Kate's story and that of her life in an Alaska park where she is the perfect "crime solver" now covers 20 books and like her many other followers, I'm eagerly awaiting the next. If you are a mystery lover and many are starting to seem "old hat", The Kate Shugak series will be the perfect fix.

  • This is one of Dana Stabenow's best books in the Kate Shugak Mysteries series so far. It takes a little while for the book to really move, but it's worth sticking with until the action starts.

    As always, I love the scenery and wildlife that is always present in the Alaskan settings of this series. This time, Kate is drawn into an environmental difference of opinions when the administration oil wants to drill in a wildlive preserve and this doesn't sit well with the community or with Kate. To top it all off, Kate's friend and the chief park ranger is a little too green for some, so he is asked to take an early retirement. Kate tries to get support for her friend from the community around her. Two of the biggest supporters in favor of saving the wildlife preserve are two elderly women who have lived in a cabin off to itself and at the edge of a cliff for years. When one of them is found dead and the other hanging on to life, Kate goes into high gear to find the killer. As always, Kate has her much loved half-dog/half-wolf, Mutt, to help with her investigation. Mutt is a great character, too.

    I really liked this book. The whole series is appealing to me because of the personality and growth of Kate and the native people who populate the area where she lives in Alaska. Dana Stabenow knows the area she writes about and that makes the descriptions of the settings authentic. As the series continues, new characters are introduced and the regulars evolve even more. I think Kate is my favorite mystery series protagonist.

    Highly recommended.

  • I thought about giving this one three stars. After all, the action didn't even get started until about 45%. But I love Kate, and I was interested in the issue of Ruthe and Dina. So e kept reading. Doesn't sound like a rousing case for four stars. But the story got better, and Kate was obviously in danger. And the ending won me over. So.... four stars!

  • I am a big fan of the Kate Shugak series. This one holds true to Ms. Stabenow's tradition of grabbing the reader and not letting go until the end. Her characters are so well-developed that they seem like your real neighbors. And, if course, this one more time where I did not guess correctly about the killer's identity.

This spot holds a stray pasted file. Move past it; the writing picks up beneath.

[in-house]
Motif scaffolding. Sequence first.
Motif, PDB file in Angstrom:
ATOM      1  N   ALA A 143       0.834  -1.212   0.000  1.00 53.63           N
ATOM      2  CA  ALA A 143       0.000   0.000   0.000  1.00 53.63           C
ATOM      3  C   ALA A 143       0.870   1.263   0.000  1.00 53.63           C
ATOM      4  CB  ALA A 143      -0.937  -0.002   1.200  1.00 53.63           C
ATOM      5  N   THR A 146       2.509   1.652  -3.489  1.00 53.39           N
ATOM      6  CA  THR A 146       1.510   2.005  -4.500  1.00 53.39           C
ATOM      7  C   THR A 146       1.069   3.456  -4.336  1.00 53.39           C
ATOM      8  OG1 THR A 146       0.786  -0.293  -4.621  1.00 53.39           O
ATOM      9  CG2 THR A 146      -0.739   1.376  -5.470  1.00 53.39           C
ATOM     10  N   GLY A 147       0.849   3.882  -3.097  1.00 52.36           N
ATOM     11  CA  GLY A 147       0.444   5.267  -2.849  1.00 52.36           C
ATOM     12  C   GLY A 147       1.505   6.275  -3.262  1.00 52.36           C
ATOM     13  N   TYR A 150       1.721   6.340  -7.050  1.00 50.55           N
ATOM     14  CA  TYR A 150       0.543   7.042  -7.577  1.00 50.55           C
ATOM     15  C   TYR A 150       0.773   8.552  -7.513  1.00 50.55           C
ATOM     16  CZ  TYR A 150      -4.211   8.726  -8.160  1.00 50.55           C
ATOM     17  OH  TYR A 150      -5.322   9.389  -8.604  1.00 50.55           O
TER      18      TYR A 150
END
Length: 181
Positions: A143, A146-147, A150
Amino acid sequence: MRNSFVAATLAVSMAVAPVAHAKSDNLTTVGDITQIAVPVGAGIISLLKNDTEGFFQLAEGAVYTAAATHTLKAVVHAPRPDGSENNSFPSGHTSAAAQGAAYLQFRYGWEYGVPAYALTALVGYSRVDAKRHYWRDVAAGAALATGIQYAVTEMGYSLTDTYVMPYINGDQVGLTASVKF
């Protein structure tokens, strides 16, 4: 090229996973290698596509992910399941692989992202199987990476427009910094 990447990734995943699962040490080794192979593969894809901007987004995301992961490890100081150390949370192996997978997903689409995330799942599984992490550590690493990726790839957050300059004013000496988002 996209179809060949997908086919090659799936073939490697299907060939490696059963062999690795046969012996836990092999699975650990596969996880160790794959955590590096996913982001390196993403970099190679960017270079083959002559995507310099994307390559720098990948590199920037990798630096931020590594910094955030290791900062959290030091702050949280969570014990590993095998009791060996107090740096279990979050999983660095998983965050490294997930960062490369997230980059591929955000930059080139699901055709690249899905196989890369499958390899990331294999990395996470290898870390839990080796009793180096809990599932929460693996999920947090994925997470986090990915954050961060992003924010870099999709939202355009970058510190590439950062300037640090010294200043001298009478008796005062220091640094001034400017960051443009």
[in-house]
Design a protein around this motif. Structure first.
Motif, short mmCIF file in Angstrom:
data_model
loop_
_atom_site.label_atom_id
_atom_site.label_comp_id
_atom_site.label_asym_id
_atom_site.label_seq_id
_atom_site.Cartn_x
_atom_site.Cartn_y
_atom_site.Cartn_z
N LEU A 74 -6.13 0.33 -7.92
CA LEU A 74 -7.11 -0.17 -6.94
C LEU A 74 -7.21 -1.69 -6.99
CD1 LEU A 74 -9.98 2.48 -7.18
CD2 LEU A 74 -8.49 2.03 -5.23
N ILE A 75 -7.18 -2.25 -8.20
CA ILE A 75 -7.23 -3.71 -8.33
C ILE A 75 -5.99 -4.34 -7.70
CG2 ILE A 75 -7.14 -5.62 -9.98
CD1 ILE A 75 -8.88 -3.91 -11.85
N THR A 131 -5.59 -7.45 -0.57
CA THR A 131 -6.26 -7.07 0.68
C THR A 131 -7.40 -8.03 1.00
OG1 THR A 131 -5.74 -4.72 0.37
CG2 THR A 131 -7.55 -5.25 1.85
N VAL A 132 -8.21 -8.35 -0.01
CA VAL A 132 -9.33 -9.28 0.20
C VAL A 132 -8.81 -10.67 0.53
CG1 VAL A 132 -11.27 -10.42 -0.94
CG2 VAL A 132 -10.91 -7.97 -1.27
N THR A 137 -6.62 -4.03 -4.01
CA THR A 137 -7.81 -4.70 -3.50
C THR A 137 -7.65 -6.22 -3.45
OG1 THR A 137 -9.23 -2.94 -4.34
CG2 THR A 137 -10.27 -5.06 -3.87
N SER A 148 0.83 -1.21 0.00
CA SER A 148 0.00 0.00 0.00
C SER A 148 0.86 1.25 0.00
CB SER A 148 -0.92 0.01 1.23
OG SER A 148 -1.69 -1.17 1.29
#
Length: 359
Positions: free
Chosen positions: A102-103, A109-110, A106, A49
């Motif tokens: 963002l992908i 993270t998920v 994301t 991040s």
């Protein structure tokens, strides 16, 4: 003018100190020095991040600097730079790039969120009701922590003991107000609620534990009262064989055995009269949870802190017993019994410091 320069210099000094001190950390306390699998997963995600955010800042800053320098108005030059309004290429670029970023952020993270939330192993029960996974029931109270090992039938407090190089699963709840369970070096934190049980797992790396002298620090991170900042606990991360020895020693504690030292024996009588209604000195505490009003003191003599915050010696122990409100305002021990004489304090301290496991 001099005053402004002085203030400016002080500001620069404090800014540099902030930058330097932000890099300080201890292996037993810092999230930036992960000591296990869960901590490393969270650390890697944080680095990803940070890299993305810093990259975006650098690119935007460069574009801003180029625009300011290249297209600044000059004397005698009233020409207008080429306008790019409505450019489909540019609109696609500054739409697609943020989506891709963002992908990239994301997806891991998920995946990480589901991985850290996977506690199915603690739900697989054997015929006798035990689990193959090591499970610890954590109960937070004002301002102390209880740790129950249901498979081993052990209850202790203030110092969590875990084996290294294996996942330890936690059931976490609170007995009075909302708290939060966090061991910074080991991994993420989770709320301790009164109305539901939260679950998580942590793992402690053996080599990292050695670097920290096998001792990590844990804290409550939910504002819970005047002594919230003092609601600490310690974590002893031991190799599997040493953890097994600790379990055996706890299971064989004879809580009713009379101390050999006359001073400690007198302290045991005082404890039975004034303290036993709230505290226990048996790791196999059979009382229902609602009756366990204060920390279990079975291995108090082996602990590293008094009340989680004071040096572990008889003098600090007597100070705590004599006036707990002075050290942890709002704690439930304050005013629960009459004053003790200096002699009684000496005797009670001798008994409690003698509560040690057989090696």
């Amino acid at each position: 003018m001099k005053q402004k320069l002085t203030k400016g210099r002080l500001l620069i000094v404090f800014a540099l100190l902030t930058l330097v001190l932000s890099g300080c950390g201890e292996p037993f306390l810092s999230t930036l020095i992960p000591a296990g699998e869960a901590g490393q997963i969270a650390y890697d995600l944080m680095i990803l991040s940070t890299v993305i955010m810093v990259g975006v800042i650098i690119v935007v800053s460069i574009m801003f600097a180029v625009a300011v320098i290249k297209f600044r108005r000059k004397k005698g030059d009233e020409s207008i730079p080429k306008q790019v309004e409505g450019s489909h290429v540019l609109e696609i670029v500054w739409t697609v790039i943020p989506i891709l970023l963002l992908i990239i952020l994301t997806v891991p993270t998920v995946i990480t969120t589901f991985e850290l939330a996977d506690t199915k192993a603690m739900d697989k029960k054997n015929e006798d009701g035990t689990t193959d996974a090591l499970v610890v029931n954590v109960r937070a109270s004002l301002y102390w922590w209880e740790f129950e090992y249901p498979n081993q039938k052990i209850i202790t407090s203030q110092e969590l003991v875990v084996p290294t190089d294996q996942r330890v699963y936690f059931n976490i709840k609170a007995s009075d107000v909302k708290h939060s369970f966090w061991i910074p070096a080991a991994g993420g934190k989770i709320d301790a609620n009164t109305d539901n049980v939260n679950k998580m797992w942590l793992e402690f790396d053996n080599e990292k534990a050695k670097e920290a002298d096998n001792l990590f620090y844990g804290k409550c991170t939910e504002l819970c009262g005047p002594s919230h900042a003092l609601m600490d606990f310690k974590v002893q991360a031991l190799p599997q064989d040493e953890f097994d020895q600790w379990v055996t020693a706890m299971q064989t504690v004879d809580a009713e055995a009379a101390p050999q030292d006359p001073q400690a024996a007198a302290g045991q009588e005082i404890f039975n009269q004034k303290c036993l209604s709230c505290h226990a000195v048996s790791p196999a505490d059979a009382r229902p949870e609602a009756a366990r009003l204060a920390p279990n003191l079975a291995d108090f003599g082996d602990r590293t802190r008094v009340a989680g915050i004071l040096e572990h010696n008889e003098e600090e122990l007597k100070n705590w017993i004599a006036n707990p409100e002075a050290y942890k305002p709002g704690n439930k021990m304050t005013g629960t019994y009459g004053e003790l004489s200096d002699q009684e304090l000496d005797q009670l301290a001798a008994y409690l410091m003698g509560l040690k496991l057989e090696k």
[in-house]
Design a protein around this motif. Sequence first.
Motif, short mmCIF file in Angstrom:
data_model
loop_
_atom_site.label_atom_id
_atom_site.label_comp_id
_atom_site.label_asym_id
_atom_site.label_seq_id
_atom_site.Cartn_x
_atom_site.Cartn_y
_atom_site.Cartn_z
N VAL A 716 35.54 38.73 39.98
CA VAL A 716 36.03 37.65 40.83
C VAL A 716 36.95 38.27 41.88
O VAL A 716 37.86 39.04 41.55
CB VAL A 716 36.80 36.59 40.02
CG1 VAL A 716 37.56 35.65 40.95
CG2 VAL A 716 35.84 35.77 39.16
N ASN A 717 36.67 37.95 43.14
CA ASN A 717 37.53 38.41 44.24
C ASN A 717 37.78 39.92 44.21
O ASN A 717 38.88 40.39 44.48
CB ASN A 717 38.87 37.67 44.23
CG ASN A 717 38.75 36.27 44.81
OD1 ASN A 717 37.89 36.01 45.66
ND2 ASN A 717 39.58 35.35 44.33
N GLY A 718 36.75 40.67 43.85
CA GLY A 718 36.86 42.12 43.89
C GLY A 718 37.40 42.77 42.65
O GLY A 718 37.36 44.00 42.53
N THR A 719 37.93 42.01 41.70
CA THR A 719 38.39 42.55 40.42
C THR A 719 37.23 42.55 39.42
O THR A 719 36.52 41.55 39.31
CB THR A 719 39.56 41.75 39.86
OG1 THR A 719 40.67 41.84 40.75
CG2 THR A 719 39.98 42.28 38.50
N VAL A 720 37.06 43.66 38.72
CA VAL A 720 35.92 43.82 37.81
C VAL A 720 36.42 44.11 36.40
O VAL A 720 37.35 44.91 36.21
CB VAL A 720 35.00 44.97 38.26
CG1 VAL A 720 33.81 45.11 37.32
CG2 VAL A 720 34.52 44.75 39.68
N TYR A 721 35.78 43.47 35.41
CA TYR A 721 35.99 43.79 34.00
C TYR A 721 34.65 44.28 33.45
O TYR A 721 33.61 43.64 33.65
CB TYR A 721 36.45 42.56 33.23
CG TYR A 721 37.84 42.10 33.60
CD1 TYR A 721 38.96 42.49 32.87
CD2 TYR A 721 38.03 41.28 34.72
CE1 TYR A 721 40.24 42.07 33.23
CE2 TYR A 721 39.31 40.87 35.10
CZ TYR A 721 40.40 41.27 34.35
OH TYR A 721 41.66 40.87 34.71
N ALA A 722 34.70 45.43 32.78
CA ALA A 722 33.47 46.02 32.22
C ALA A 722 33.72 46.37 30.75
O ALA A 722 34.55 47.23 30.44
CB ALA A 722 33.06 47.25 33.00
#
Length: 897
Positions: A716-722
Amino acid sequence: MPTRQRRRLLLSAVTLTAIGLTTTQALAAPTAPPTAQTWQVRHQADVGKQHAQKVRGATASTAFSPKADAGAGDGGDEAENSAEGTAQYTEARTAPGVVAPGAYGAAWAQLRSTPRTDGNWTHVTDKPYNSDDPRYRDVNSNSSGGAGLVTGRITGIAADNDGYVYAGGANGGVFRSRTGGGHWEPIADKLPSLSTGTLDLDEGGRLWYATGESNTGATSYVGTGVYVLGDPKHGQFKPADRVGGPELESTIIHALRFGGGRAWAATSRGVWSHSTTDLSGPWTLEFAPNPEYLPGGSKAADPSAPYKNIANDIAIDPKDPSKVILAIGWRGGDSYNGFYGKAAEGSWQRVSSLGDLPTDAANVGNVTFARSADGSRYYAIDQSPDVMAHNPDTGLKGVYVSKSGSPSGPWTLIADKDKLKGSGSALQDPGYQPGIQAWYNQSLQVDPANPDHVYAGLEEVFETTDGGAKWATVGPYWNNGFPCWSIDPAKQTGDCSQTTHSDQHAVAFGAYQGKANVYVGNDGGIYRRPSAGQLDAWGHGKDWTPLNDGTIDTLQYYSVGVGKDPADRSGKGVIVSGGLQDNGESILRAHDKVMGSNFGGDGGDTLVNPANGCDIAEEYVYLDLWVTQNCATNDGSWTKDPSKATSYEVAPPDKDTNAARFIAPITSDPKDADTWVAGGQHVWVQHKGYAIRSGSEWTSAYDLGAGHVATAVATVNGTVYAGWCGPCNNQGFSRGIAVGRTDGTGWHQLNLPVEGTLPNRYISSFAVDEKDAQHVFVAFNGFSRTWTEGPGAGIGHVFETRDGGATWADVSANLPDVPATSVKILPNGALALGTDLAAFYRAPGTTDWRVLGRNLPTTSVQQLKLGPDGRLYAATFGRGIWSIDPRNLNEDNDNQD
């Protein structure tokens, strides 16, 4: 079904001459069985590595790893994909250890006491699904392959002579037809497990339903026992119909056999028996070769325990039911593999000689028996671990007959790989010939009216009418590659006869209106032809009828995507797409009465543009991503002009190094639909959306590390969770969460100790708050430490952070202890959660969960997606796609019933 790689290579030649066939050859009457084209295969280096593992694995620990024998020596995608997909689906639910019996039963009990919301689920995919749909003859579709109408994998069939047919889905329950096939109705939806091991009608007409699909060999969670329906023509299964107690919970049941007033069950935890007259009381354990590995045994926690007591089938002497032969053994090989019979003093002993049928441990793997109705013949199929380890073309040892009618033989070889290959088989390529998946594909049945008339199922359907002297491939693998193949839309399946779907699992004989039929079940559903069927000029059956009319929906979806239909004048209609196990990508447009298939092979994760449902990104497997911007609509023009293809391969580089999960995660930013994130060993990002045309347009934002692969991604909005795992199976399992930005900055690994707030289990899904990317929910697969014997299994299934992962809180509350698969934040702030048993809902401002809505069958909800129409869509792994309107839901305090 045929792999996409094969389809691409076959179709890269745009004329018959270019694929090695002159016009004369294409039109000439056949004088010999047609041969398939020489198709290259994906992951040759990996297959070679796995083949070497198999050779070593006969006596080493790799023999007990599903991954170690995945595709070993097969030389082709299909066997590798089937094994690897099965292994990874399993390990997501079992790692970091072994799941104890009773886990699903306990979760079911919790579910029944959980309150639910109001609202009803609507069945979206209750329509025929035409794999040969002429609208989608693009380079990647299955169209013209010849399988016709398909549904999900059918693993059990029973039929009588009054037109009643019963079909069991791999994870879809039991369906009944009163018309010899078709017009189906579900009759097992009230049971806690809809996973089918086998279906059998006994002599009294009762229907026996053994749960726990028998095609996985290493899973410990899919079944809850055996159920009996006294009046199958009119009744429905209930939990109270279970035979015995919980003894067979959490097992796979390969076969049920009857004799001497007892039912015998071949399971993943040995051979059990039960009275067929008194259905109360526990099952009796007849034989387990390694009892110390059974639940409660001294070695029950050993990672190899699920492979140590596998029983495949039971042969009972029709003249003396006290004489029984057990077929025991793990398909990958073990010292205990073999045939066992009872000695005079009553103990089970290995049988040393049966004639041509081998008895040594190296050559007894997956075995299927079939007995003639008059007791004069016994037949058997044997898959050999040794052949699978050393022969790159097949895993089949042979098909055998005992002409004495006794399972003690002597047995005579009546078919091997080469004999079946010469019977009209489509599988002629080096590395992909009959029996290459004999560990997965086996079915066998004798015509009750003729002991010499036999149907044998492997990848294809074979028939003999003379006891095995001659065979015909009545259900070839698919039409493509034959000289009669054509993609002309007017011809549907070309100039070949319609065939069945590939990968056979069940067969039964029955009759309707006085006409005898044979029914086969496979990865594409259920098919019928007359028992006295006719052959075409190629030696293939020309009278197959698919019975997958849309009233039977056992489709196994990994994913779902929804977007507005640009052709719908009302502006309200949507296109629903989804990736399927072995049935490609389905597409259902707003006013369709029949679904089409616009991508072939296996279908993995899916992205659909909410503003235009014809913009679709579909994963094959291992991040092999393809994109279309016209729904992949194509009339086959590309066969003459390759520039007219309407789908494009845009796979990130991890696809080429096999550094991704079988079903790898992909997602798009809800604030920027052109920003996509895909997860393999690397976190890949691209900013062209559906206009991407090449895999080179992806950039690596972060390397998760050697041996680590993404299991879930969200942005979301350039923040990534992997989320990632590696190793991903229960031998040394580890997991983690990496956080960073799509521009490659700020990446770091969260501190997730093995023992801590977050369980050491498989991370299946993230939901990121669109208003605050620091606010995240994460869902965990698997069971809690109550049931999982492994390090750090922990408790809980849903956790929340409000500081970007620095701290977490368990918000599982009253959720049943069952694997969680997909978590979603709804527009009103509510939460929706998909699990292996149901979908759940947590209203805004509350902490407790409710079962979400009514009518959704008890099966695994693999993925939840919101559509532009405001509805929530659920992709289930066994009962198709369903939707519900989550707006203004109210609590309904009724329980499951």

• I love all the Kate Shugak novels. I read this a while back, but I can assure you that if you like learning about Alaska, cherish character development and love a rip roaring adventure, you can't go wrong with any of Stabenow's Kate Shugak series. I read them in order though, to get the full impact because there is a chronology to them.

  • A FINE AND BITTER SNOW by Dana Stabenow takes the issue of oil exploration to the heart of the people. Kate Shugak's recovery from the death of Jack has been slow, but eventful as Jack's son Johnny has adopted her as his guardian.
    Dan O'Brian is asked to take an early retirement because of his views against mineral exploration within the park. But the park rats stand behind him, as a man who knows their subsistence life style.
    Tropper Jim Chopin pulls Kate from her sanctuary to investigate a murder of an environmentalist. Then the pace picks up for all Shugak fans.
    A fast read, filled with descriptions of the wild-lands and the heritage they carry for all inhabitants as the past meets the present.
    Nash Black, author of WRITING AS A SMALL BUSINESS AND HAINTS.

  • I'm done with Shugak, not because of the writing or plot, but because of the rape-play.

    I've read most of the books, but out of order, and this is the second in a row she and Jim have a sexual encounter that's supposed to be hot, but I find too close to abusive.

    Maybe a book with just Mutt?

  • As with this entire series, it is very well written and full of interesting Alaska information. Dana Stabenow keeps the characters real and quirky.